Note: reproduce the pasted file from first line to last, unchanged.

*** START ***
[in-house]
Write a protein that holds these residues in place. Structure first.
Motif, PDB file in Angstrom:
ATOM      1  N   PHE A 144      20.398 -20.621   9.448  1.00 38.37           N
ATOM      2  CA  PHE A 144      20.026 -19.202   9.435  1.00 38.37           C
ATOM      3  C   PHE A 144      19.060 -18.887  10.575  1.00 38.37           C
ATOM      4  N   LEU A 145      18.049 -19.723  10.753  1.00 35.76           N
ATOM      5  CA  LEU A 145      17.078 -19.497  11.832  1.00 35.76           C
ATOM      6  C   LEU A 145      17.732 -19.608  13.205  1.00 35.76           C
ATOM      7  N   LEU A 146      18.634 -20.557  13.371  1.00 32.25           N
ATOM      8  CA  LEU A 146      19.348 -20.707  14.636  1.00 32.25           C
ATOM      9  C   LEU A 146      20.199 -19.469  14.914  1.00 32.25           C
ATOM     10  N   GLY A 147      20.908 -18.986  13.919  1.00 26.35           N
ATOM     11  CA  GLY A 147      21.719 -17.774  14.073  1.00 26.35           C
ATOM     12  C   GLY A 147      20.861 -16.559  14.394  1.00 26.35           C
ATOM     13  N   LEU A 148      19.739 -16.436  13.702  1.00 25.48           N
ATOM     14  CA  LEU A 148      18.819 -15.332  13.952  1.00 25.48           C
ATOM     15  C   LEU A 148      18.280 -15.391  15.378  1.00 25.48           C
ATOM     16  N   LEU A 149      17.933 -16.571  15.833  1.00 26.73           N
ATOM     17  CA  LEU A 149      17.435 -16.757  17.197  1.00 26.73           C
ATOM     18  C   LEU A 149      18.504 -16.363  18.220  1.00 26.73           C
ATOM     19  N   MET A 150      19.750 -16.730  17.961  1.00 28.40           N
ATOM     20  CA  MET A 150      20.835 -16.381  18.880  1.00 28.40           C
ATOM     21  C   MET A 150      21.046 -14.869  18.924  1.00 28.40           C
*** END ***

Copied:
[in-house]
Write a protein that holds these residues in place. Structure first.
Motif, PDB file in Angstrom:
ATOM      1  N   PHE A 144      20.398 -20.621   9.448  1.00 38.37           N
ATOM      2  CA  PHE A 144      20.026 -19.202   9.435  1.00 38.37           C
ATOM      3  C   PHE A 144      19.060 -18.887  10.575  1.00 38.37           C
ATOM      4  N   LEU A 145      18.049 -19.723  10.753  1.00 35.76           N
ATOM      5  CA  LEU A 145      17.078 -19.497  11.832  1.00 35.76           C
ATOM      6  C   LEU A 145      17.732 -19.608  13.205  1.00 35.76           C
ATOM      7  N   LEU A 146      18.634 -20.557  13.371  1.00 32.25           N
ATOM      8  CA  LEU A 146      19.348 -20.707  14.636  1.00 32.25           C
ATOM      9  C   LEU A 146      20.199 -19.469  14.914  1.00 32.25           C
ATOM     10  N   GLY A 147      20.908 -18.986  13.919  1.00 26.35           N
ATOM     11  CA  GLY A 147      21.719 -17.774  14.073  1.00 26.35           C
ATOM     12  C   GLY A 147      20.861 -16.559  14.394  1.00 26.35           C
ATOM     13  N   LEU A 148      19.739 -16.436  13.702  1.00 25.48           N
ATOM     14  CA  LEU A 148      18.819 -15.332  13.952  1.00 25.48           C
ATOM     15  C   LEU A 148      18.280 -15.391  15.378  1.00 25.48           C
ATOM     16  N   LEU A 149      17.933 -16.571  15.833  1.00 26.73           N
ATOM     17  CA  LEU A 149      17.435 -16.757  17.197  1.00 26.73           C
ATOM     18  C   LEU A 149      18.504 -16.363  18.220  1.00 26.73           C
ATOM     19  N   MET A 150      19.750 -16.730  17.961  1.00 28.40           N
ATOM     20  CA  MET A 150      20.835 -16.381  18.880  1.00 28.40           C
ATOM     21  C   MET A 150      21.046 -14.869  18.924  1.00 28.40           C